Monthly Archives: January 2006

The Crew of the Pequod II

Names: Bartholemew O’Hurlahey and Mario Fratelli
Occupation: Captain and first mate of the fishing vessel Pequod II
Notes: Capt. Bart fancies himself the long-lost descendent of Herman Melville’s Capt. Ahab. He insists on carrying around a harpoon, even though they mainly catch herring, with a little cod and pollack thrown in. He also affects a limp, despite being in peak physical condition. Whenever he spots another boat on the horizon, he screams at Mario that it’s “the white whale!!!” and forces him to haul in the empty nets and give chase. Mario just sighs and rolls his eyes, muttering under his breath that Huckleberry Finn is a better candidate for canonization as the Great American Novel anyway… Sometimes when Mario is drunk, he gets angry at Capt. Bart and reminds him that Capt. Ahab is “fictional, you crazy coot!” He then breaks down sobbing that he misses his long-lost brother, who dresses in green instead of red.

Brick Journal Issue 3

Bricks in my Pocket has just posted the latest issue of Brick Journal, the magazine for adult fans of LEGO (AFOLs). There’s an article on the increasingly intriguing fan-created theme “steampunk” by local AFOL Dan Sabath, instructions for a cool mini V-wing, detailed pictures of Janey Cook’s awesome doll house, and lots of coverage of last year’s various LEGO events (Brickfest, NWBrickCon, and so on).

Thanks to VignetteBricks and Klasbricks for the heads-up as well.

Samurai Sedan Chair by Sumi-Handy’s Son

Japanese LEGO blogger Sumi-Handy posts his own LEGO creations, along with those of his kids. He recently posted a kago (which means “box”), an enclosed sedan chair in which important people were carried around during the Edo period (1603-1867):

The sedan chair is by Sumi-Handy’s son, but what struck me about this creation is the fantastic cedar tree Sumi-Handy himself added in the background. Very, very nice!

Serenity and Firefly Minifigs

Brickshelf user morgan19 recently posted several cool minifigs based on the wonderful (and short-lived) Joss Whedon TV series Firefly. That reminded me that I’ve been meaning to make my own.

Here we have the crew of Serenity:

Click the image above for individual shots of the characters (with accessories!). LEGO hasn’t released a female African-American head yet, so I couldn’t make Zoe.

Next, several other characters from Firefly. Left to right, Jubal Early, a “Two by two, hands of blue” guy (I only have one of these suits and two light-blue hands), and Adelai Niska:

Finally, a couple of characters from the movie Serenity, Mr. Universe and The Operative:

More Thoughts on LEGO Photography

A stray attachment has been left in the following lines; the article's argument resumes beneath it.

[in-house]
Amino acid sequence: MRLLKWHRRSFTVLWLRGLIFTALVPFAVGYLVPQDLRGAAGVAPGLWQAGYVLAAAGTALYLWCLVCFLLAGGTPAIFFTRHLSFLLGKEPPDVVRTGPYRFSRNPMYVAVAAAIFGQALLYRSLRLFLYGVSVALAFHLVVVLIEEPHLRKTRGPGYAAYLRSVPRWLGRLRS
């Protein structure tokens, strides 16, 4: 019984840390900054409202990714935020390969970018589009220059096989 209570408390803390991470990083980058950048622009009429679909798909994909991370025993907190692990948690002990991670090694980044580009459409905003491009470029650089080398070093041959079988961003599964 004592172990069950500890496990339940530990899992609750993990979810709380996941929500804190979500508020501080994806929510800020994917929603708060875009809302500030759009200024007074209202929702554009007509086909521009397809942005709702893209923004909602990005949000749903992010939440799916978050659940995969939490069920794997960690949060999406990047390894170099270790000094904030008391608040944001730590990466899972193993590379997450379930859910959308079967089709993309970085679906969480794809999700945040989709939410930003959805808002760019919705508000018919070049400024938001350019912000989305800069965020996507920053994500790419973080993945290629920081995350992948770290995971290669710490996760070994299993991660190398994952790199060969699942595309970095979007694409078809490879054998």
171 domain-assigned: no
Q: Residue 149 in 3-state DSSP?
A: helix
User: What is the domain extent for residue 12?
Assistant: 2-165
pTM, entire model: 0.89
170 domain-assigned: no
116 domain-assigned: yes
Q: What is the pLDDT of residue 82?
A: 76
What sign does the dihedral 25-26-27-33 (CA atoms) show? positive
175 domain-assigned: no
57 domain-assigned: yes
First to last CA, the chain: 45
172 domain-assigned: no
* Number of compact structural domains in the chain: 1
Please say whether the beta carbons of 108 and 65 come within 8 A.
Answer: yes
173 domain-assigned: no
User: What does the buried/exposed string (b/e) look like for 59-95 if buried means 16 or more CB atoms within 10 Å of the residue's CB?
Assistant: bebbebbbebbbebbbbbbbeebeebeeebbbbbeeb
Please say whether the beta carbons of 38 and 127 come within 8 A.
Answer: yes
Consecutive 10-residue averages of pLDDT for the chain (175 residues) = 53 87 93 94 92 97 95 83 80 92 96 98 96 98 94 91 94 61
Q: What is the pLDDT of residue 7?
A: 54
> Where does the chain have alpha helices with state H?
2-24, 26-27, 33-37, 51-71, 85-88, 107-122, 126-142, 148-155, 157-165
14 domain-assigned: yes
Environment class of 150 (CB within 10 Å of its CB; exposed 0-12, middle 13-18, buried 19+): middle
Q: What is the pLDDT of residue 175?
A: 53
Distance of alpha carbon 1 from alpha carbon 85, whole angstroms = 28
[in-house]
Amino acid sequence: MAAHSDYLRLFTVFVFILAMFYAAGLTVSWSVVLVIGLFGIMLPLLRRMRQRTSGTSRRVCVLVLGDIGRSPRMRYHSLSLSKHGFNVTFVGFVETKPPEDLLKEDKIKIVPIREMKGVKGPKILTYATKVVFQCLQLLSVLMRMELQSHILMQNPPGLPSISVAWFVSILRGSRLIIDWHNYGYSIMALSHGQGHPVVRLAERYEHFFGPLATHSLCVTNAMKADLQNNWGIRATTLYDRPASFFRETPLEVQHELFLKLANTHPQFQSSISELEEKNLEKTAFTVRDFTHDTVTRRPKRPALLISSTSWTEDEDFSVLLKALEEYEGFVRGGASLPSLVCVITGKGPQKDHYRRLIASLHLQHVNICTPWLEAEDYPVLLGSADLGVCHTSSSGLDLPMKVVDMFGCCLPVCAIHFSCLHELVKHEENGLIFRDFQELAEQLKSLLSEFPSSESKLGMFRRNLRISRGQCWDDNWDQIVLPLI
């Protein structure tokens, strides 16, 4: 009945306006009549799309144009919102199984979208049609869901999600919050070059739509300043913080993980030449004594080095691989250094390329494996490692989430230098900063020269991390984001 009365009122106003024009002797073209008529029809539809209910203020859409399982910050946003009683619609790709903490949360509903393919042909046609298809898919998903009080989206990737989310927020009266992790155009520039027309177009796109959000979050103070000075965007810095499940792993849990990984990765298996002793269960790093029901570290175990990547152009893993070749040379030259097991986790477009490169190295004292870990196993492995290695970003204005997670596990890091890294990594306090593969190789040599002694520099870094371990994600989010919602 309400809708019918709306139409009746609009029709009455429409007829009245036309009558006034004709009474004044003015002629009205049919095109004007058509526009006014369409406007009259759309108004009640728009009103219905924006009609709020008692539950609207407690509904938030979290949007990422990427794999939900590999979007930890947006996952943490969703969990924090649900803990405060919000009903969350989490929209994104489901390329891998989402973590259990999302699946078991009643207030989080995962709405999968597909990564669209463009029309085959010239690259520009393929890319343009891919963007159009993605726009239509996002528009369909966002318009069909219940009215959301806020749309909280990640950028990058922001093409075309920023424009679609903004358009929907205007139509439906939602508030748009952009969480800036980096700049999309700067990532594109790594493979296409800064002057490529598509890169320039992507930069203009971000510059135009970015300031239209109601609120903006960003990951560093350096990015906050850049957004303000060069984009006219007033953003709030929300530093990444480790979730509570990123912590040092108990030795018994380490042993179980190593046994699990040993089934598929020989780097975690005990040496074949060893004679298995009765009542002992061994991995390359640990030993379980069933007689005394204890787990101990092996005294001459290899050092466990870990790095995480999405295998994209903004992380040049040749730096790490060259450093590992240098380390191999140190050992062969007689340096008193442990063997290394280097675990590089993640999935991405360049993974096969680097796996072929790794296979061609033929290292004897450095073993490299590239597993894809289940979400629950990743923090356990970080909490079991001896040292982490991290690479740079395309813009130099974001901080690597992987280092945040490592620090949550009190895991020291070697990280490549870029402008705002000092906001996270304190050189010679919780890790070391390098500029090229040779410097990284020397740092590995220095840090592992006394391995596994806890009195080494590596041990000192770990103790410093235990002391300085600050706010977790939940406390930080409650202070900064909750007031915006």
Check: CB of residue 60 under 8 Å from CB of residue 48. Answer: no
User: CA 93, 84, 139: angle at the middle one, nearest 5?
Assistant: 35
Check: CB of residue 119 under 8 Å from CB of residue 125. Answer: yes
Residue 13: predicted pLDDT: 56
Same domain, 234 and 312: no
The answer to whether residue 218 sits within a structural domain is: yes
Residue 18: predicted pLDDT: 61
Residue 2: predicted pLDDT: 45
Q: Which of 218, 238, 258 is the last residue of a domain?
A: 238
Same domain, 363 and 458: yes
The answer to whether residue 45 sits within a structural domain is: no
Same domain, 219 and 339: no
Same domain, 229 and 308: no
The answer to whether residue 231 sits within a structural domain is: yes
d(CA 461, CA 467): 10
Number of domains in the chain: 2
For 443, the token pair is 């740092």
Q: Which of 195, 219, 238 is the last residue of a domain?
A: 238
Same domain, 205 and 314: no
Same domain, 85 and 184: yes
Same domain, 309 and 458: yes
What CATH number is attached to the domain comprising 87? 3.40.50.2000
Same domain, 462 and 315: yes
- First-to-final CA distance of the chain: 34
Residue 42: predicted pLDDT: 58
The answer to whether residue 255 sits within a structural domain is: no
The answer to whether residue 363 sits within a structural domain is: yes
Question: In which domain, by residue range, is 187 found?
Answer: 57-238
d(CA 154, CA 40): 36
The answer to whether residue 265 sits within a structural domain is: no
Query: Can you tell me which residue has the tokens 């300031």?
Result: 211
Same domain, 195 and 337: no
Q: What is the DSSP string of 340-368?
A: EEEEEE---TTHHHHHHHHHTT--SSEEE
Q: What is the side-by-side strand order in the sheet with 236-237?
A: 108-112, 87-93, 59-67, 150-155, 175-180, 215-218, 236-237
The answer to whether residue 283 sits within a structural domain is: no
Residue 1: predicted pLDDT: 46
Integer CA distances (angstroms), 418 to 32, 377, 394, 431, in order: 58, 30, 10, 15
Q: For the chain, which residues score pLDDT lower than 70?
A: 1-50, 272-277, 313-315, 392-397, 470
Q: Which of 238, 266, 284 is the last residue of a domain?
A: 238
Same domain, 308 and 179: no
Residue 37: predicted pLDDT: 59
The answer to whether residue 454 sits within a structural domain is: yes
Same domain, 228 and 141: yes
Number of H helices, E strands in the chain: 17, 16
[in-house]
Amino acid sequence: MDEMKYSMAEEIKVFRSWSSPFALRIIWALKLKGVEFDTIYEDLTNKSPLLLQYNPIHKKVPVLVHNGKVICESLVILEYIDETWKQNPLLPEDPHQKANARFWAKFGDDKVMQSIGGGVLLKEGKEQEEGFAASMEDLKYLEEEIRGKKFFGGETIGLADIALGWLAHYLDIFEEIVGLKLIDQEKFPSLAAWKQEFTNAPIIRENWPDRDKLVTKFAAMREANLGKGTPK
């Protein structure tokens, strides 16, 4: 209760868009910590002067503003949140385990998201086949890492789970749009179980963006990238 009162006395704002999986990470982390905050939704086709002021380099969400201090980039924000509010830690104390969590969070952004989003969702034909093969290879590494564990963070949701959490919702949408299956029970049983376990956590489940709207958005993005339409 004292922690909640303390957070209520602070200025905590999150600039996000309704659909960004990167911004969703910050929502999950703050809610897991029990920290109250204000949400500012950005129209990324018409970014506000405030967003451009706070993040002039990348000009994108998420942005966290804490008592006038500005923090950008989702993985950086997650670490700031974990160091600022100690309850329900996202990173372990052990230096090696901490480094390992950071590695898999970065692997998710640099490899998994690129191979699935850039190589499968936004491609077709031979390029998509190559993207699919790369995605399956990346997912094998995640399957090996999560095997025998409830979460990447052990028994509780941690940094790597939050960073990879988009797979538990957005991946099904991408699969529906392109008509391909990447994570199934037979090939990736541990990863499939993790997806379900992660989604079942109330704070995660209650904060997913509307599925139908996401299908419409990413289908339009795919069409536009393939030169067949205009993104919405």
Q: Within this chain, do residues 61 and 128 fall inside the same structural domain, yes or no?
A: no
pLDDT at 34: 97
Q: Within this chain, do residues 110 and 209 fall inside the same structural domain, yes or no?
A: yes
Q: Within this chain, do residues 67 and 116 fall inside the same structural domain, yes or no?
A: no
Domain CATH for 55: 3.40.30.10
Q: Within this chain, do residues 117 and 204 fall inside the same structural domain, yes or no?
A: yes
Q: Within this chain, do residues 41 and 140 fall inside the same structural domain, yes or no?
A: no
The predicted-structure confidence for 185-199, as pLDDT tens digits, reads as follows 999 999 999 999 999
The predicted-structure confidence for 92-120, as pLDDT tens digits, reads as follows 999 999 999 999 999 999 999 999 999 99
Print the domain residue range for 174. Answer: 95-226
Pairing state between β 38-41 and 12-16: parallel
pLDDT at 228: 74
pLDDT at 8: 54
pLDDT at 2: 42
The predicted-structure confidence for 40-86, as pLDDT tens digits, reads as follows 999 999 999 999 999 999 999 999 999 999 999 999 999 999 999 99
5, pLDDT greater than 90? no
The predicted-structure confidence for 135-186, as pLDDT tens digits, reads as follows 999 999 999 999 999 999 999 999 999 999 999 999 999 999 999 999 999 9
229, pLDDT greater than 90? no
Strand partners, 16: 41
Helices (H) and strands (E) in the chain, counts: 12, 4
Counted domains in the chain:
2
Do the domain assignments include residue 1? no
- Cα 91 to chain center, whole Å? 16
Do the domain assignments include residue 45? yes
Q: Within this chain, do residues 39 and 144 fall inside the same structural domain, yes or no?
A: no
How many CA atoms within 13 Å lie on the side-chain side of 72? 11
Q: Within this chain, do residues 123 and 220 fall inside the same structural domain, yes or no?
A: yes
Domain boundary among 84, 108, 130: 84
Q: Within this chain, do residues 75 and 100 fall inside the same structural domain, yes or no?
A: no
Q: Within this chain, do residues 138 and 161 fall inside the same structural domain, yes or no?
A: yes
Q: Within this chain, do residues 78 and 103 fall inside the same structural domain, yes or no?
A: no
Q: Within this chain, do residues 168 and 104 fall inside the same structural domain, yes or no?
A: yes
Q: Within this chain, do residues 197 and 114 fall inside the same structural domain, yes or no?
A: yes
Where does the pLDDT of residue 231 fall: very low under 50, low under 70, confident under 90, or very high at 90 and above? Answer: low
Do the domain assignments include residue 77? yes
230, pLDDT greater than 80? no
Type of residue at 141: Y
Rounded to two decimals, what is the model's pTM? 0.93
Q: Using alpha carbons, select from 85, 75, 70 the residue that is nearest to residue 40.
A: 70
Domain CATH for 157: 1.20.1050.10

I did a little experiment a couple weeks back because I wasn’t satisfied with the quality of my LEGO photography. In the process, I discovered that I have very specific ideas about what makes for good LEGO photography and Brickshelf posting practices. This is pretty long, so skip it if you’re not interested.

When you take pictures of your LEGO creations (or MOCs):

  • Use the right amount of light. It’s hard to see poorly lit MOCs, and over-lit MOCs are washed out and lack contrast.
  • Focus. If you accidentally take an unfocused picture, take it again before you upload it.
  • Unless you’re trying to be especially artistic, fill as much of the frame as you can with your MOC.

When you post your LEGO creations to Brickshelf:

  • Size down your dang pictures! There’s nothing more annoying than clicking a thumbnail and then getting about one eighth of the picture on your screen. Use the software that came with your digital camera, or iPhoto, or Adobe Photoshop, or The GIMP — something! — to output your pictures no bigger than 1024×768 pixels. (I like 425×318 for my minifig pictures because they fit nicely in this Blogger template.) If you want to provide high-resolution pictures of your MOCs, put them in a sub-folder.
  • Save your pictures in a compressed image format. Bitmaps (.bmp files) are uncompressed, and are a waste of bandwidth. Save your pictures in GIF, JPEG, PNG, or another “Web-friendly” format.
  • Give your files meaningful names. I know your camera might use something cryptic like DSC10416.JPG for its file names, but change them to something that tells your viewers what the picture shows, like spaceship_front.jpg or joevig_party.gif.
  • Control the order that pictures appear in your gallery by putting letters or numbers at the beginning of your file names. Numbers sort before letters, so if you want to use a specific picture for the folder thumbnail, you could use something like 00_spaceship_front.jpg. (I learned a cool trick from Antony Lau recently. Instead of naming new files you add to a folder by counting up, start with a number like 999 and count down! The new things you add will always appear as your folder thumbnail.)
  • Add a description and folder keywords when you create your folders. A description and keywords make it easy for other Brickshelf users to find your MOCs.

I’m sure I’ve missed a few things, so feel free to add your own thoughts by posting comments. :-)